Bookmark   August 28, 2011 at 1:47PM
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"New Orleans, though a warm location, is not warm enough for the tree to consistently produce fruit."

You are wrong on this one. It is also one of the fastest fruit producers from seed of any citrus. Key lime will produce anywhere on the Gulf Coast if protected from freezes. Post some pictures. Most likely it is not enough fertilizer or sun.

Here is a link that might be useful: mrtexas

    Bookmark   August 29, 2011 at 9:39AM
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I am did some research and I made a mistake. It is a Persian Lime tree and not a Key Lime tree. A big oopppssss!!! Sorry for the confusion.

I have seen Key Limes fruiting here in the New Orleans area. However, I did not pay attention if they were near walls etc. so I cannot comment on that.

My revised question is still how do I make that Persian Lime Tree fruit. It was filled with fruits when we bought it and I thinned out almost all but a couple of fruits that we enjoyed.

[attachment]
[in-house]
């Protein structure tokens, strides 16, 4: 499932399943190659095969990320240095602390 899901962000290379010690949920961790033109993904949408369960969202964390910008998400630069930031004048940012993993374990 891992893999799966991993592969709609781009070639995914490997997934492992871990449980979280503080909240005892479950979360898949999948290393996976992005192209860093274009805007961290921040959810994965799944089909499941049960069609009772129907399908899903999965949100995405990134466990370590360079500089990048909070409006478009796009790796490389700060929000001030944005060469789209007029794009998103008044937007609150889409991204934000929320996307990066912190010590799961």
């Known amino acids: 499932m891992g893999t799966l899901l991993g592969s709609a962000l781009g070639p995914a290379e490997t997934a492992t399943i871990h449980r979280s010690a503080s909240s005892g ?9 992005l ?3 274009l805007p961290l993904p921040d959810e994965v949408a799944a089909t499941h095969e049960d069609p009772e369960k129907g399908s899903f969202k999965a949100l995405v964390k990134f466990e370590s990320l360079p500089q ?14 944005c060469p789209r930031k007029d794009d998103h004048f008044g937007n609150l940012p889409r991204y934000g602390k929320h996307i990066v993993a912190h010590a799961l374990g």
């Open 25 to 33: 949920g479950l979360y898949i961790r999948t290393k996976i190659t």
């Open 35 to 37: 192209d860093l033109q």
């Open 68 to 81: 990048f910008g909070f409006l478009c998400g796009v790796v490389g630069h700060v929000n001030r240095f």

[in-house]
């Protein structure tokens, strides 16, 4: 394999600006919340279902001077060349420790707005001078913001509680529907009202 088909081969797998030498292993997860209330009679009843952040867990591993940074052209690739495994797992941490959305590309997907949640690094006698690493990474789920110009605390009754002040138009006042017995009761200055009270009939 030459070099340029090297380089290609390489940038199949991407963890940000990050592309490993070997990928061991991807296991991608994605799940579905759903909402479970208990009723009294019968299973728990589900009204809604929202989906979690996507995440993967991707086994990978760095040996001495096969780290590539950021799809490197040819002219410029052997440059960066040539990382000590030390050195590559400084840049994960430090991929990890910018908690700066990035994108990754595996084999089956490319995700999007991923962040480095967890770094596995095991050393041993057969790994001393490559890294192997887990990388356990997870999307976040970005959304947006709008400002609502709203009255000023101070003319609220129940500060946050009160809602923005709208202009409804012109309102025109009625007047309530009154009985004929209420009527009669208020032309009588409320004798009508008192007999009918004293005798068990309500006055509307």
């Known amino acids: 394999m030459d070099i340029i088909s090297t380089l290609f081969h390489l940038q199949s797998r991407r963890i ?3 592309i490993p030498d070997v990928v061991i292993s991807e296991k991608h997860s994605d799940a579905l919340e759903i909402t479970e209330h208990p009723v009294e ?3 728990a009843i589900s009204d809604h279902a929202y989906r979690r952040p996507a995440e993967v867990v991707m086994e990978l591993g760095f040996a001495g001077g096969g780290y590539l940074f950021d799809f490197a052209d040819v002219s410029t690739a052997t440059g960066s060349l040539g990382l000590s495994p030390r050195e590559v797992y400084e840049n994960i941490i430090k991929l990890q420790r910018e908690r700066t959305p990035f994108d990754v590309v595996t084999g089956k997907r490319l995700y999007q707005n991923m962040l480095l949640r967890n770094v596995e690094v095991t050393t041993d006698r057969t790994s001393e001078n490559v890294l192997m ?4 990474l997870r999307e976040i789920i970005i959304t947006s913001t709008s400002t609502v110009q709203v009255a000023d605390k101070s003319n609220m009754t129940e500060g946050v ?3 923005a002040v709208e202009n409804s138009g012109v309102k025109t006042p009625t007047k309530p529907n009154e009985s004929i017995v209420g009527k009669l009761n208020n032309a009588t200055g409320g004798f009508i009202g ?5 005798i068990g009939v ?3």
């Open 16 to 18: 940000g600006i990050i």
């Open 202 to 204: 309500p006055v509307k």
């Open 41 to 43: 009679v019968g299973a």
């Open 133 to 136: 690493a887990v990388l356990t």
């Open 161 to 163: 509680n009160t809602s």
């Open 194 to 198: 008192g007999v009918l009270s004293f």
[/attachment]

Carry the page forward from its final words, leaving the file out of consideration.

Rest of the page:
Thank you for your help.

    Bookmark   August 29, 2011 at 11:37AM
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Mr. Texas,
Thank you for your reply. The plant is in full sun.

What is your recommendations for fertilizing in terms of type, dosage and timings?

Thank you.

    Bookmark   August 29, 2011 at 11:39AM
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See the link. Same goes for key or persian limes.

Here is a link that might be useful: planting instructions

    Bookmark   August 29, 2011 at 12:48PM